Hon. Ciro D. Rodriguez
Chairwoman Herseth Sandlin, members of the subcommittee, thank you for the opportunity to speak regarding HR 5664, a bill that I introduced to correct a bureaucratic oversight in the way that the Veteran’s Administration advises contractors constructing or renovating housing for disabled veterans. I was extremely moved by last June’s hearing before this subcommittee concerning Specially Adaptive Housing.
There is little doubt that funding level available to individual disabled veterans to have their homes adjusted to meet their needs is too low. My bill does not address that particular issue, rather it seeks to ensure that veterans whose homes are updated under this program benefit from all that modern technology and construction practice can provide.
As Mr. Gonsalves, President and Founder of Homes for Our Troops, pointed out in the hearing, “servicemen and women with injuries that would have killed them in previous wars are now living to see another day, and are in need of truly “special” home adaptations.” The primary guidance that the VA provides contractors who draw up plans and specifications to modify homes under this grant program is VA Pamphlet 26-13, titled Handbook for Design: Specially Adaptive Housing. As Mr. Carl Blake, National Legislative Director of the Paralyzed Veterans of America pointed out: much, if not all, of the guidance found in the pamphlet is still applicable today. However, I feel that it focuses too much on veterans who find themselves in wheelchairs with lower extremity paralysis or amputation. While certainly still valid, we find increasing numbers of veterans returning home from current conflicts with alternative injuries such as upper-limb amputation or blindness. The guide was last updated in 1978. By comparison, the current Army Corps of Engineers housing design guide is dated 1994 and that of the Air Force, 2004.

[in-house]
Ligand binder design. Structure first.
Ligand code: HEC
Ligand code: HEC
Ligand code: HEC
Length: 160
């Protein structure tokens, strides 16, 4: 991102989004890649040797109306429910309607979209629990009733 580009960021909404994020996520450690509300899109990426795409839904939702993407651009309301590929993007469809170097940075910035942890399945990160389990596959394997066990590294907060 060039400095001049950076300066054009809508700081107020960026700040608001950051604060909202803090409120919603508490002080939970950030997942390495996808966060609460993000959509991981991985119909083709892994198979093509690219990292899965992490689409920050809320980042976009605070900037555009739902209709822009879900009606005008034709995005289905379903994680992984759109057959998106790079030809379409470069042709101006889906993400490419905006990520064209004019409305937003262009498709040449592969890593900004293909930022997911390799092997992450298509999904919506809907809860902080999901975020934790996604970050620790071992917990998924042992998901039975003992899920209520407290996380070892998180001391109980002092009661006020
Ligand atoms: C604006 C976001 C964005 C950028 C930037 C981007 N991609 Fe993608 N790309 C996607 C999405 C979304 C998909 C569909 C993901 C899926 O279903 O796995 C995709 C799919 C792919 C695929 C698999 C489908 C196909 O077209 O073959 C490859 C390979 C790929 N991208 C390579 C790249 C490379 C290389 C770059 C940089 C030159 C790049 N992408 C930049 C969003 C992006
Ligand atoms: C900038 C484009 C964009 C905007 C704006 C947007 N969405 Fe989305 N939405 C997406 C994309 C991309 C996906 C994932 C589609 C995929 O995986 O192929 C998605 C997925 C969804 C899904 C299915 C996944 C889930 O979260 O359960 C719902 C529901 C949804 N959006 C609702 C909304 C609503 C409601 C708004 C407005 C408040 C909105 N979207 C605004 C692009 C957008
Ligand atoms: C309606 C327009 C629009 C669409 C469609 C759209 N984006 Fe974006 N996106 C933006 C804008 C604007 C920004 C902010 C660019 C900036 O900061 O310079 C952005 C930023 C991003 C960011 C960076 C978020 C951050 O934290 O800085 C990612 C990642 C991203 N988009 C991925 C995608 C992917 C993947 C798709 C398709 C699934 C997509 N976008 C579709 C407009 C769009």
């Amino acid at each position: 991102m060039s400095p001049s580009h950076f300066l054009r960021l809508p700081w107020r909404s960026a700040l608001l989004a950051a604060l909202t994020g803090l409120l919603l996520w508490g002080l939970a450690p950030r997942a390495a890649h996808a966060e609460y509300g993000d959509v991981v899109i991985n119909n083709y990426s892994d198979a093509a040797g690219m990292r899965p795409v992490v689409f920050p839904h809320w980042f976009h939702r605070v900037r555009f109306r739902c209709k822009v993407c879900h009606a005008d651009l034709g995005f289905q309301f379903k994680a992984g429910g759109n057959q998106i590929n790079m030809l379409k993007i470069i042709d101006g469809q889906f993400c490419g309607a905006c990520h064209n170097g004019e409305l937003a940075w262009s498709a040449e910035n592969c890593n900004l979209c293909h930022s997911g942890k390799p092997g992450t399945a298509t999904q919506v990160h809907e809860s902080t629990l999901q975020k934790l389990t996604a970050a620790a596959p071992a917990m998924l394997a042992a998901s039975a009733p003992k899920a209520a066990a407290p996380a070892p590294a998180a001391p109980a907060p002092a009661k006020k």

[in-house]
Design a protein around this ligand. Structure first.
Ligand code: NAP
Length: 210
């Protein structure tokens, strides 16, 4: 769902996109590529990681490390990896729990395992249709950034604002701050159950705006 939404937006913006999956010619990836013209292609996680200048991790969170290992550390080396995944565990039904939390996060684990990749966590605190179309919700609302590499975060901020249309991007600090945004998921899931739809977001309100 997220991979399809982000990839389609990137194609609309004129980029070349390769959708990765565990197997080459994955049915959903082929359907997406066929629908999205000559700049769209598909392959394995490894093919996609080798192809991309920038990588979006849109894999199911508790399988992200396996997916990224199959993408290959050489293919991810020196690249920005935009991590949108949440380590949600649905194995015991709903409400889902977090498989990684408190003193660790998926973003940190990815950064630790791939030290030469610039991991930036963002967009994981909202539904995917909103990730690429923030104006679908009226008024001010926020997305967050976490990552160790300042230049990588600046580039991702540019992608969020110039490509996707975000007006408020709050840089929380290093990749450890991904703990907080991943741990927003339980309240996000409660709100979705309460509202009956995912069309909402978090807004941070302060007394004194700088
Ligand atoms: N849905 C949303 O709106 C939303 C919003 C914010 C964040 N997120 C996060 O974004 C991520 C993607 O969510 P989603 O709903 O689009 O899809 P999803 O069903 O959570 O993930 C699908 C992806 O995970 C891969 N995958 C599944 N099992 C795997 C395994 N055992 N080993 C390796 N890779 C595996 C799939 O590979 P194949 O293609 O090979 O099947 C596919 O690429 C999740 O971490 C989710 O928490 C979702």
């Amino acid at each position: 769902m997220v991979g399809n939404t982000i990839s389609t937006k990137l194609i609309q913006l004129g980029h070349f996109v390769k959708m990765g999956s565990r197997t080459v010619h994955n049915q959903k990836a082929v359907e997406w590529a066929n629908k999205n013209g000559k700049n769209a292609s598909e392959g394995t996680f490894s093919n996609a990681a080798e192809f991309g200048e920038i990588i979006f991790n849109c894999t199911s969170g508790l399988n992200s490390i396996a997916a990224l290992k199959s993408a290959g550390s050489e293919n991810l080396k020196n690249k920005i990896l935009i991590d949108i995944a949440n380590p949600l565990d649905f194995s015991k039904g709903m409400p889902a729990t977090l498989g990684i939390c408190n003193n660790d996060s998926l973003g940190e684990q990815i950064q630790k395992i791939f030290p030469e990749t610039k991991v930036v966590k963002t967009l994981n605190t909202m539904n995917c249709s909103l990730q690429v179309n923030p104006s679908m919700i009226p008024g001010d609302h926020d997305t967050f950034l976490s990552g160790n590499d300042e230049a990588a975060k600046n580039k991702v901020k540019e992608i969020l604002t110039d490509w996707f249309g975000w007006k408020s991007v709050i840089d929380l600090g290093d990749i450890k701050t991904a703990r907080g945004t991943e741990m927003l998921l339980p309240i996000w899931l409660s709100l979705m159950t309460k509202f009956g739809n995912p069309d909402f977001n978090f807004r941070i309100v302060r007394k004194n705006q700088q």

The time has come to ensure that the guide contains up-to-date direction to architect and engineer firms and contractors who will do the noble work of ensuring our disabled veterans have homes that respect the dignity by which they sacrificed. I propose in my bill that the Secretary of Veterans affairs update the guide on at least a six-year basis. I also wish to express my intent that the field agents who approve the construction plans under this program view the pamphlet as a guide rather than a definitive set of requirements.
After consulting with several VSOs in preparing for this testimony, I need to clarify the wording of my bill. Rather than requiring the VA to update plans and specifications on a six-year basis, it is better stated that the pamphlet itself is updated on a six-year basis. Contractors actually derive the plans and specifications based on each veteran’s home and the pamphlet. I would hope that if the committee considers my bill in any future mark-up that such language is made clear. Thank you for allowing me the opportunity to speak today and for considering my bill, HR 5664.